[Ppnews] Gitmo's Indelible Stain

Political Prisoner News ppnews at freedomarchives.org
Thu Oct 28 13:03:32 EDT 2010


October 28, 2010

The Ordeal of Murat Kurnaz

Gitmo's Indelible Stain


Although U.S. officials have attributed the 
torture of Muslim prisoners in their custody to a 
handful of maverick guards, in fact such criminal 
acts were widely perpetrated and systemic, likely 
involving large numbers of military personnel, a 
book by a survivor suggests. Additionally, guards 
were responsible for countless acts of murder, 
including death by crucifixion, lynching, 
poisoning, snakebite, withholding of medicines, 
starvation, and bludgeoning of innocent victims. 
And the murders committed by U.S. troops numbered 
at least in the hundreds, according to reliable sources.

As well, Pentagon architects designed prisons 
that were sadistic torture chambers in 
themselves, barely six feet high and seven feet 
wide, in which human beings were kept for months 
or years at a time---spaces which, one prisoner 
noted, are smaller than the legal requirements in 
Germany for doghouses. Architects who knowingly 
designed these hellholes may have also committed crimes against humanity.

After the photographs of sadism at Iraq’s Abu 
Ghraib in May, 2004, shocked the world, President 
Bush called the revelations “a stain on our 
country’s honor and our country’s reputation.” He 
told visiting King Abdullah of Jordan in the Oval 
Office that “I was sorry for the humiliation 
suffered by the Iraqi prisoners, and the 
humiliation suffered by their families.” Bush 
told The Washington Post, “I told him (Abdullah) 
I was equally sorry that people who have been 
seeing those pictures didn’t understand the true 
nature and heart of America.” A year later, 
Lynddie England and 10 others from the 372nd 
Military Police Company were convicted of torture 
at Abu Ghraib prison in Baghdad, Iraq, yet the 
events of that prison were likely duplicated 
everywhere across the spectrum of Pentagon and 
CIA detention camps acting on orders from the Bush White House.

Although President Bush made the Abu Ghraib 
revelations sound like nothing worse than 
“humiliation” in fact, the Abu Ghraib photos gave 
the world a glimpse into far greater crimes of 
every sordid type---and reports compiled from 
other sources indicated that to be captured by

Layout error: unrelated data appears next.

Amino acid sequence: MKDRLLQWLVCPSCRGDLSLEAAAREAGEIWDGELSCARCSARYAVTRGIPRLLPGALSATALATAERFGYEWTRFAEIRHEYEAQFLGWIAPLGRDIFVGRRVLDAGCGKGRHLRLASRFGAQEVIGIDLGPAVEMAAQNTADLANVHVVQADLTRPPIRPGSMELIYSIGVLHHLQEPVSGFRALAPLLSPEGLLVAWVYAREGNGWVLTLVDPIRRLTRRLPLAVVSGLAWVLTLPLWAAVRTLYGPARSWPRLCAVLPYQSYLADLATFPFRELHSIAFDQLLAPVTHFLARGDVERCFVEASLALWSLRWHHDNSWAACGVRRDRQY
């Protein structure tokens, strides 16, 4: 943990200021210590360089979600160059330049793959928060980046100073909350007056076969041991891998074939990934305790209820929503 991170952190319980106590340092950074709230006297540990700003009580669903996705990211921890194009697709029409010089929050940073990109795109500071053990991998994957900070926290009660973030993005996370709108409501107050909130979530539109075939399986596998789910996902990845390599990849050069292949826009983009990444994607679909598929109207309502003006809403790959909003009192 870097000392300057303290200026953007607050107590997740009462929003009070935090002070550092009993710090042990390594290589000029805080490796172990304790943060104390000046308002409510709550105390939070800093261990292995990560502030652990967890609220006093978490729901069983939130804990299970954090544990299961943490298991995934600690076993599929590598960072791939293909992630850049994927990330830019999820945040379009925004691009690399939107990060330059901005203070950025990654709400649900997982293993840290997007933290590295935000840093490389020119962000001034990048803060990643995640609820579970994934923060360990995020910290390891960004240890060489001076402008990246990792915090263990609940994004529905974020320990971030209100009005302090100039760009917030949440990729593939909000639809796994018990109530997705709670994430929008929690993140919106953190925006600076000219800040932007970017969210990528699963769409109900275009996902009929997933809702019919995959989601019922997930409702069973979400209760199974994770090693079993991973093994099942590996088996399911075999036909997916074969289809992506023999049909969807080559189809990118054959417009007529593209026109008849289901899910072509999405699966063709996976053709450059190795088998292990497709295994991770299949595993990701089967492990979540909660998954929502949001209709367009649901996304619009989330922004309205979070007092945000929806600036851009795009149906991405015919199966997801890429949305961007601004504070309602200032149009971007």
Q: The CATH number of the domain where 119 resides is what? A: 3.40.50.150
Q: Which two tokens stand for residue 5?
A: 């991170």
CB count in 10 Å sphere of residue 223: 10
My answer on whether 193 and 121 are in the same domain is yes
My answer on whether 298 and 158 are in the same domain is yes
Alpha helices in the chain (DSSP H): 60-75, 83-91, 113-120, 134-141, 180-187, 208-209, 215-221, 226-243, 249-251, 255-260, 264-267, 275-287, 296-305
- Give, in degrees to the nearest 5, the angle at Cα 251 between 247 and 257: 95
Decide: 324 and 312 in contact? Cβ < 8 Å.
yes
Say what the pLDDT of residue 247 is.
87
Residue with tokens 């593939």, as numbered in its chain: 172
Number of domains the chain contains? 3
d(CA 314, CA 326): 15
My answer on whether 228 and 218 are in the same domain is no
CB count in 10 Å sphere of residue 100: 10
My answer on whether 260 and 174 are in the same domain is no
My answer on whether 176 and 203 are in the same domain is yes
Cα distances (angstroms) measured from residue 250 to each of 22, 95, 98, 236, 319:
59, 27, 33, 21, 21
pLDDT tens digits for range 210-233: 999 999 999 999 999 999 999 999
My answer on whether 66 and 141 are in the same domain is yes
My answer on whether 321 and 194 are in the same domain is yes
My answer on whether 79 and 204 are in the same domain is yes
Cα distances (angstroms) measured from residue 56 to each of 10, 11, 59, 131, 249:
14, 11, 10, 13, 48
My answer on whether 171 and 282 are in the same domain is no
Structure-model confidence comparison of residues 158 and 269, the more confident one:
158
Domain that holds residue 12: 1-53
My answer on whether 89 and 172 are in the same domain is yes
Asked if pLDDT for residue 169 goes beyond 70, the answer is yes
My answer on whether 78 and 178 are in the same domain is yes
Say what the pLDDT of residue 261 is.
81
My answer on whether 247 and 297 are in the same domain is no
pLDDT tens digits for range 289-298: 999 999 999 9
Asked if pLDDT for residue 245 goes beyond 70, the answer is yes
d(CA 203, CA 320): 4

the Americans was a veritable descent into hell.

While the President’s words sounded as if they 
came from an innocent bystander, this was the 
same man who claimed two years earlier the Geneva 
Conventions did not apply in the countries the 
U.S. had invaded; they were uttered by the man 
who, with his Vice PresIdent Dick Cheney, is 
primarily responsible for the entire venomous 
persecution of thousands of innocent men, women, 
and even children. While a handful of guards such 
as Ms. England---notorious for her “thumbs up” 
photo observing a human pyramid of naked 
prisoners, were convicted and jailed---the many 
other hundreds or thousands of military guards, 
interrogators, and doctors and dentists also 
involved in the widespread tortures have never 
been prosecuted for their crimes.

It should be kept in mind that no impartial legal 
system was in place to defend the rights of the 
accused, so that their torturers could break laws 
without fear of reprisal. As Jane Mayer wrote in 
“The Dark Side”(Anchor), “Seven years after the 
attacks of September 11, not a single terror 
suspect held outside of the U.S. criminal court 
system has been tried. Of the 759 detainees 
acknowledged to have been held in Guantanamo, 
approximately 340 remained there, only a handful 
of whom had been charged. Among these, not a 
single ‘enemy combatant’ had yet had the 
opportunity to cross-examine the government or 
see the evidence on which he was being held. 
Thus, since none had been brought to trial, all 
the tortures inflicted were on captives who must 
be presumed innocent. One book, by a man who 
survived the nightmare of captivity where so many 
others perished, gives the lie to the notion that 
abuses were carried out by a few vicious guards. 
Everywhere he went he was beaten and he saw other 
prisoners also beaten by many different teams of 
sadistic guards. The conviction of Ms. England 
and her companions, therefore, does not begin to serve the cause of justice.

According to Murat Kurnaz, a 19-year-old Turkish 
citizen raised in Germany and falsely defamed as 
“the German Taliban,” torture at the several 
prisons in which he was held was frequent, 
commonplace, and committed by many guards. In his 
Years of My Life: An Innocent Man in 
Guantanamo”(Palgrave Macmillan), beatings began 
in 2001 on the flight from Pakistan (where he was 
pulled off a public bus and sold by Pakistani 
police for $3,000) to his first imprisonment in Afghanistan.

“I couldn’t see how many soldiers there were, but 
to judge from the confusion of voices it must